March 3, 2010

A Bitter Review: Chinotto Sparkling Beverage.

She drives me wild—but she’s so bitter!

A couple months ago I was drifting by my local Italian corner store in Brooklyn, and it’s where I usually treat myself to one of my favorite non-local guilty pleasures—Aranciata. It’s an Italian soda made by San Pellegrino, and made of real orange juice and sparkling water. It’s quite refreshing.

Well, this time the Aranciata was missing, but in its place was a bottle of Chinotto. Oooooohhhh, what could this dark mystery drink be, I wondered. I’m a person who  has recently come to love bitter beverages. And over the past couple years I have fallen in love with a spirit called Cynar. It’s an alcoholic beverage, a bitter, that is made in the old school style with many different types of infused/macerated herbs as well as some vegetables, including artichokes. It’s delightfully bitter, and perfectly adapts to cocktails like the Little Italy (recipe here). If you’ve ever tasted Campari, it’s in the same family but without the artificial looking color.

Anyway, when I saw the Chinotto bottle with its dark complexion, it immediately made me wonder if this beverage could possibly be a wonderfully bitter soda version of Cynar?

Well, I tasted the stuff and immediately lifted my bottle high for a toast. I was right! It’s a beautiful beverage, not overwhelmed by sweetness, but instead balanced and quite robust and flavorful. The bitterness sits on your tongue and just begs for another drink. You need to try this stuff!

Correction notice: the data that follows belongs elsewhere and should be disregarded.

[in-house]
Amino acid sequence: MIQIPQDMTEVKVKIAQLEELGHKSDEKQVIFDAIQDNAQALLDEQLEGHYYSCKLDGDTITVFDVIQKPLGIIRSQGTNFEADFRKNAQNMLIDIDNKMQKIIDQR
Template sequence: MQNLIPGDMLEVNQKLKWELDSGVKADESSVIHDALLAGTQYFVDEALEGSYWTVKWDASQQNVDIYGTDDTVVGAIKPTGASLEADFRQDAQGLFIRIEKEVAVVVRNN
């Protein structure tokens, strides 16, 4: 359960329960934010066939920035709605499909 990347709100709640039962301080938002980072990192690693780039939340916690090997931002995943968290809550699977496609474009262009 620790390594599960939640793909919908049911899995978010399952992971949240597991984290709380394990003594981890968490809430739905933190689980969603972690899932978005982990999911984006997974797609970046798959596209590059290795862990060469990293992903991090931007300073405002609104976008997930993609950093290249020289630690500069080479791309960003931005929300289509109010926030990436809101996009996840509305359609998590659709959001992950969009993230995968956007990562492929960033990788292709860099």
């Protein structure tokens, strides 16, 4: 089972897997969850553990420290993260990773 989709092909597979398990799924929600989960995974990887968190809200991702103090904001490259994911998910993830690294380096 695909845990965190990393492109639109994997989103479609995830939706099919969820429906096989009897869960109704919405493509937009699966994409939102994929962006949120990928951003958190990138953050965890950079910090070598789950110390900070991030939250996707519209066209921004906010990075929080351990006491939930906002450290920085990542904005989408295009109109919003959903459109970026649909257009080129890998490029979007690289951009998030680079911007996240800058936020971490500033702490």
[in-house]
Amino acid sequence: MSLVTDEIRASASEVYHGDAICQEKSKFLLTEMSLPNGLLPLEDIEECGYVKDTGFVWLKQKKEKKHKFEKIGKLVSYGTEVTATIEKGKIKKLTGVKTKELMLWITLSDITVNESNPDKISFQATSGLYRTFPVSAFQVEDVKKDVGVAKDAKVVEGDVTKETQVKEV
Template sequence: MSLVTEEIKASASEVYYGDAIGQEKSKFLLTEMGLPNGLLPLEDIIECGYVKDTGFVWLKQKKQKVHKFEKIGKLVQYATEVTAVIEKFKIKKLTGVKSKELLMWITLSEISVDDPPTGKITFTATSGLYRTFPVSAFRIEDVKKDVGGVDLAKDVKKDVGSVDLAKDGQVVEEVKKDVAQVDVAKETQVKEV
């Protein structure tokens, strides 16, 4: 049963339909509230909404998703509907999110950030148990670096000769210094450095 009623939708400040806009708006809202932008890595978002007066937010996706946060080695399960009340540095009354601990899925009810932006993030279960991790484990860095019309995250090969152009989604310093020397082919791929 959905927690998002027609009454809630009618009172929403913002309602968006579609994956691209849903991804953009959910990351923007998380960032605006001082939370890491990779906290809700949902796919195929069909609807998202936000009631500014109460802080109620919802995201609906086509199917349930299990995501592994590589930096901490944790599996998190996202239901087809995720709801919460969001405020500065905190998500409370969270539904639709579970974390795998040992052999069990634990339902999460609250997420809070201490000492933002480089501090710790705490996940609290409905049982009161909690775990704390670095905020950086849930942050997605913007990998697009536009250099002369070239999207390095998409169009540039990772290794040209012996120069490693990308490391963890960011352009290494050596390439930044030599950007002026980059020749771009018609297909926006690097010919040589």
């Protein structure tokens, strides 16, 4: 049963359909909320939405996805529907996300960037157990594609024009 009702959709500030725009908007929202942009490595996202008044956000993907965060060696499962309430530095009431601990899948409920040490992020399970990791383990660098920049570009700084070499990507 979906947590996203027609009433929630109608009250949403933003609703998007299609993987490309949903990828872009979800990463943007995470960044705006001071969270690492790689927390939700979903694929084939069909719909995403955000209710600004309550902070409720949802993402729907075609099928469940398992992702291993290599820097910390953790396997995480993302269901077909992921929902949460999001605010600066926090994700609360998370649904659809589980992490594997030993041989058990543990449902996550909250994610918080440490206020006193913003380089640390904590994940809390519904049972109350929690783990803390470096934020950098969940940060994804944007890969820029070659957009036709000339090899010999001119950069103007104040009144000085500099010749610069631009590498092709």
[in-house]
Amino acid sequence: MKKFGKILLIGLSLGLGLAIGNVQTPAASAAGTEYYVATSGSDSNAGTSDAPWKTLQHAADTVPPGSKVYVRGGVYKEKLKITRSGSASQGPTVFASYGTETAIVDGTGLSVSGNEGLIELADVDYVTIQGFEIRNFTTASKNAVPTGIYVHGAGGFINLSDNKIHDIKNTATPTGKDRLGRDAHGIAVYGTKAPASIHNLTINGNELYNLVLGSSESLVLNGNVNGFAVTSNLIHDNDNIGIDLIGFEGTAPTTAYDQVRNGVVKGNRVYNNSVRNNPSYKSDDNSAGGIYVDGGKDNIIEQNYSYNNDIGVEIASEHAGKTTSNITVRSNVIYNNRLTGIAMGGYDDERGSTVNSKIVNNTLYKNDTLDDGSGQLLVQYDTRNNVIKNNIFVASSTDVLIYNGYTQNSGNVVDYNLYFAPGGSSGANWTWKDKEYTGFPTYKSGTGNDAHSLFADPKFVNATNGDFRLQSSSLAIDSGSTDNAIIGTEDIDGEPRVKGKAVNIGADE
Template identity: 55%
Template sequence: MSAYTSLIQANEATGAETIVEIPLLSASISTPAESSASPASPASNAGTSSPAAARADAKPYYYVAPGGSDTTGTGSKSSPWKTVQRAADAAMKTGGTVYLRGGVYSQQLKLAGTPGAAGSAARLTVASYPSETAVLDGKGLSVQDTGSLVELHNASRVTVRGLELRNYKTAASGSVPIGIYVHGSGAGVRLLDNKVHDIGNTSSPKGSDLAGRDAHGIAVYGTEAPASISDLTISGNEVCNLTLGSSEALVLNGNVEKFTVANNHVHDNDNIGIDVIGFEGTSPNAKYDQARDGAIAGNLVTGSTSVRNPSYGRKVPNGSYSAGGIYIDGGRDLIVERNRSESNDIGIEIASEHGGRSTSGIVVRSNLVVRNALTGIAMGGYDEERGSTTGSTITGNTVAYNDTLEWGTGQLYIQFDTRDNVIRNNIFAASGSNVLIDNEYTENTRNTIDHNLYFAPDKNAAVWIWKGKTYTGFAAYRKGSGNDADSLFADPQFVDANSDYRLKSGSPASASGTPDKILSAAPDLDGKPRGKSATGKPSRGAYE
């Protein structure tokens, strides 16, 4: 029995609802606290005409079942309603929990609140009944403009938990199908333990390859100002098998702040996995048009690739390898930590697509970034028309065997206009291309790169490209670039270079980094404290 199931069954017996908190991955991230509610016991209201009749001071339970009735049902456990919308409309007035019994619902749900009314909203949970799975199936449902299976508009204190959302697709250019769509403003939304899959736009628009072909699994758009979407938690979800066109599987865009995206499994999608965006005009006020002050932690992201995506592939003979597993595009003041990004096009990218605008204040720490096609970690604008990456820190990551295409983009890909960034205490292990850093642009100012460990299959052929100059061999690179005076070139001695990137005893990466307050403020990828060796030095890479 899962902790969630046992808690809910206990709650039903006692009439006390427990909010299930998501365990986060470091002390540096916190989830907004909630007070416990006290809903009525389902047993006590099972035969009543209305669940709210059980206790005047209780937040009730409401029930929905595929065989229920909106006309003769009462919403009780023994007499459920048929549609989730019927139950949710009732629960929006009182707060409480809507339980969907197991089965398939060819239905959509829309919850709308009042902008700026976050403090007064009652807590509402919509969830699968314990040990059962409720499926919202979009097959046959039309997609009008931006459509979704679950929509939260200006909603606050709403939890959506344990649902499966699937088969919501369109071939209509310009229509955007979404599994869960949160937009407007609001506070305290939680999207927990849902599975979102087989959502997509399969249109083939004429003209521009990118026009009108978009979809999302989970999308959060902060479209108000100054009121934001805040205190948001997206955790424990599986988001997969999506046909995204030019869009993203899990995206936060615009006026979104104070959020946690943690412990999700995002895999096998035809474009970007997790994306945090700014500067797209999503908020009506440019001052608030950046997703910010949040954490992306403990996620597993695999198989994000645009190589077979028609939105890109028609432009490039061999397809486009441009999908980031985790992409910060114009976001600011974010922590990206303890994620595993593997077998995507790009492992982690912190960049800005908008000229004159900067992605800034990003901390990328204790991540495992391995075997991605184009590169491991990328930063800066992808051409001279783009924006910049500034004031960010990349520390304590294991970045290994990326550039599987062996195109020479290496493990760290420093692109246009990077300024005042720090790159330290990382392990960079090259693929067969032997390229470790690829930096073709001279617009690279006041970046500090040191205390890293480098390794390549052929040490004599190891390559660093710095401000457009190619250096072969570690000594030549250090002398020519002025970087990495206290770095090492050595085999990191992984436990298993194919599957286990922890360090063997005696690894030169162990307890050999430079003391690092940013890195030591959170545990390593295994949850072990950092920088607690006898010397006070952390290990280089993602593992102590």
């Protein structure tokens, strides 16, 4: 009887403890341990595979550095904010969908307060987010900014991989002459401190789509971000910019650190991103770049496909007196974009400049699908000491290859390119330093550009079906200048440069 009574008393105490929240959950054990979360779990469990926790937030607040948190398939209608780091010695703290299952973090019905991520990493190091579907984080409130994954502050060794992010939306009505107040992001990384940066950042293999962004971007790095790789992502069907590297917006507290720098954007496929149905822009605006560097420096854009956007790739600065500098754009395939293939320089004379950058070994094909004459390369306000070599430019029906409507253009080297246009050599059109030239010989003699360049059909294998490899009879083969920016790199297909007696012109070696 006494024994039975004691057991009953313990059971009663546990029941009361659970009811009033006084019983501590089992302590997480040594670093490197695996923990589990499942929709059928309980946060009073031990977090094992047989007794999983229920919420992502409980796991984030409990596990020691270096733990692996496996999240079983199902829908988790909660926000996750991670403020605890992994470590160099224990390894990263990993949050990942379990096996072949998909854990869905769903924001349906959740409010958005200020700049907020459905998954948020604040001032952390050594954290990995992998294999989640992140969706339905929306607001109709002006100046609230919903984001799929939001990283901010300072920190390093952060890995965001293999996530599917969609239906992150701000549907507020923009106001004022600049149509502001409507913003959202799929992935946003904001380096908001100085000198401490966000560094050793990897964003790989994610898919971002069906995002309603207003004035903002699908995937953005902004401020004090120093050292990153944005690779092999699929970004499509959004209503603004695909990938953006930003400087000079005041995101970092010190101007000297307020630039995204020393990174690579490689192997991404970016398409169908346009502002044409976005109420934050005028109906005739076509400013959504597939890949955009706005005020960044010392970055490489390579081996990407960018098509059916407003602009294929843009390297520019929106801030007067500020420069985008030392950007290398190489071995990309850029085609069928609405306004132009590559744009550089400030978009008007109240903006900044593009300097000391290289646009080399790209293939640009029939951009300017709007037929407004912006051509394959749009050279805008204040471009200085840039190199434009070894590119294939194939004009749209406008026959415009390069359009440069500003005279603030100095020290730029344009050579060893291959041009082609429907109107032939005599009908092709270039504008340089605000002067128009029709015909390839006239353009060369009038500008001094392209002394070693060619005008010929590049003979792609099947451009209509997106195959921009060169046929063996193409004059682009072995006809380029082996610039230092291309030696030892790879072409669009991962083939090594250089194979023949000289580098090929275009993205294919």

So, here’s my recommendation in mindful tasting of Chinotto. When you taste this stuff, I want you to be present. I want you to feel the flavors dancing on your tongue. Here’s what you need to do:

1. Buy a six-pack.

2. Slowly Drink 1 Chinotto on the rocks.

3. You will probably make a grimace and a ehhk face.

4. Relax. Ponder the Chinotto experience. Embrace the bittersweetness. Think about how foreign this stuff is, about how this taste is from a fruit that looks like an orange, but is way more complex, and very specific to Italy.

5. Finish your drink. Wait one day, try another bottle.

6. Repeat every other day, until you have acquired the taste for Chinotto.

Now listen, the first bottle may not yield a celebration, but once you adapt to the unique flavor of the this drink, you will savor it like a fine wine. It’s great with a variety of foods—and try it as a digestif after your meal. And it’s all-natural—not filled with weird American soda ingredients you can’t pronounce.

And if that’s not enough, just buy some local gin (maybe Roundhouse if in CO, or Junipero in CA) and mix yourself up a little cocktail!

Photo by Rusty Ralston

Read 7 Comments and Reply

Read 7 comments and reply

Top Contributors Latest

Rusty Ralston  |  Contribution: 3,580